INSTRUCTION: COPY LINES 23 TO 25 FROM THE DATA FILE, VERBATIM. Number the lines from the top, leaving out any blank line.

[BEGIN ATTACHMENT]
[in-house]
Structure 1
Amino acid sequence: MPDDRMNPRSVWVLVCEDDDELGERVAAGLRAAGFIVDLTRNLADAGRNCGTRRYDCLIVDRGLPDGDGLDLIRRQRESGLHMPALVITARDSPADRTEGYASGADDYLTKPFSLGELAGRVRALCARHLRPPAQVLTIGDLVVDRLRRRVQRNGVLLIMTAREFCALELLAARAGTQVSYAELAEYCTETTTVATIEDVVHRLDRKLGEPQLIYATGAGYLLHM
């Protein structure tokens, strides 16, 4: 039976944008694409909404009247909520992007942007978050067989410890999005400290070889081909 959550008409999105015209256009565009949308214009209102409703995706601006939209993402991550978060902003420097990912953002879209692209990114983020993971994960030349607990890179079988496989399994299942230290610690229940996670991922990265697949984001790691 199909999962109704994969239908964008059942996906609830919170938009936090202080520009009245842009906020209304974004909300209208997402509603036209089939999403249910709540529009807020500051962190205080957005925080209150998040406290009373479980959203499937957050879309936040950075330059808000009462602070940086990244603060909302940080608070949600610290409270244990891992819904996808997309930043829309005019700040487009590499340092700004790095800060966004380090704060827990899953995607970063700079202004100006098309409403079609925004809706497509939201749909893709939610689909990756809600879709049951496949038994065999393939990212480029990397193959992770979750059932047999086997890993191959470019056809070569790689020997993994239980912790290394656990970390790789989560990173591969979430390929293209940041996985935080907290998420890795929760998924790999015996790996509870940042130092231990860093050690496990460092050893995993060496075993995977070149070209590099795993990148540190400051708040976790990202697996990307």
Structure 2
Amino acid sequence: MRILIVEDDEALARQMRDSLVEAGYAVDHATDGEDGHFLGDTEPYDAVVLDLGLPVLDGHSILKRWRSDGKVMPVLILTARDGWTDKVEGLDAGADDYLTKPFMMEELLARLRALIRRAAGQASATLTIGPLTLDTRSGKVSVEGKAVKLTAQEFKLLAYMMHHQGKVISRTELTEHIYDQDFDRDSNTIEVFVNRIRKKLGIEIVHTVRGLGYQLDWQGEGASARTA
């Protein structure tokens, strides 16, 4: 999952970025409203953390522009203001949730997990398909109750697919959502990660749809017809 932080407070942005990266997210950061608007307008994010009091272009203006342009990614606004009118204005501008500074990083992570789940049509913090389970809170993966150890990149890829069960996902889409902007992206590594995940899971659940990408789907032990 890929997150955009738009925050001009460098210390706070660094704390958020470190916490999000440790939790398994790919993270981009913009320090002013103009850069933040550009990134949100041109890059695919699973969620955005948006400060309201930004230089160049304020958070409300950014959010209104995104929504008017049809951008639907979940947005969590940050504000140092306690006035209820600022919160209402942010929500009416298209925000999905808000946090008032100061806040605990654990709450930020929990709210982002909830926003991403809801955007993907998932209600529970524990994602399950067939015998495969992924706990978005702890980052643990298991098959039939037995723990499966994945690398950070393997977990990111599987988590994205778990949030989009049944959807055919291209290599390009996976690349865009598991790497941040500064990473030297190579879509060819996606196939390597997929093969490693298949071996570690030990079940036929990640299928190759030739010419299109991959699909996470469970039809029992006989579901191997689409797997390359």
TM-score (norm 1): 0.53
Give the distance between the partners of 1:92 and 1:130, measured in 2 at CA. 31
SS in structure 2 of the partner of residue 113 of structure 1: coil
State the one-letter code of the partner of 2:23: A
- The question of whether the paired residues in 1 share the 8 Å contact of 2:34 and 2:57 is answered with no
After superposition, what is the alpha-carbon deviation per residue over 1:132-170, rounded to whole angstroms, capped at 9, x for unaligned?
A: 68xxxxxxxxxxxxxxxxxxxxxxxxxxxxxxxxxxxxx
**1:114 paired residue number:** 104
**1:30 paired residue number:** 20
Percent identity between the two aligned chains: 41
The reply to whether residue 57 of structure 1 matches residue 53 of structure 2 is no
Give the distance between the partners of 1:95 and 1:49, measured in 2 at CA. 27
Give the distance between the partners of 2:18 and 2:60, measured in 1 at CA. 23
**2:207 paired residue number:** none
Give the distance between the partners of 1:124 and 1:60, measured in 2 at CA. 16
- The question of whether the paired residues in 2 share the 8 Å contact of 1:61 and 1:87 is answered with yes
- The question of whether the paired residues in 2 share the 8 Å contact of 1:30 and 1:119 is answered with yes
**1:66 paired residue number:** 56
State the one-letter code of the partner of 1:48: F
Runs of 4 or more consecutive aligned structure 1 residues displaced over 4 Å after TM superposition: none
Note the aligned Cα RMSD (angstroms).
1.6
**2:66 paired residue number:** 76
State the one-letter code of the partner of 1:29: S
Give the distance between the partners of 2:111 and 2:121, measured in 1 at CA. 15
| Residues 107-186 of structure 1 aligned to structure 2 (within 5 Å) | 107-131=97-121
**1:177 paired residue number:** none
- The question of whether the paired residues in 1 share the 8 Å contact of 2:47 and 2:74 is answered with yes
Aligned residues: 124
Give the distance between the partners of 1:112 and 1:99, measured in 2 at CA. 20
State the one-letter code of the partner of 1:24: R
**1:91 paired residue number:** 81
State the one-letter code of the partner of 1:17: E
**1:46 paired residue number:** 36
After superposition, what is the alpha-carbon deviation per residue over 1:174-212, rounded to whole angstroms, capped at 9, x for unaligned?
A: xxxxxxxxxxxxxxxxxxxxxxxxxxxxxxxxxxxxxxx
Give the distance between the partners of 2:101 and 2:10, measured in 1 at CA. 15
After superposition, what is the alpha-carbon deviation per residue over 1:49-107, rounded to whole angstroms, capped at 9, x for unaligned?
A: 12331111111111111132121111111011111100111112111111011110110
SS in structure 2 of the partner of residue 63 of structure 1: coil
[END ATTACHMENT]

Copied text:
- The question of whether the paired residues in 2 share the 8 Å contact of 1:61 and 1:87 is answered with yes
- The question of whether the paired residues in 2 share the 8 Å contact of 1:30 and 1:119 is answered with yes
**1:66 paired residue number:** 56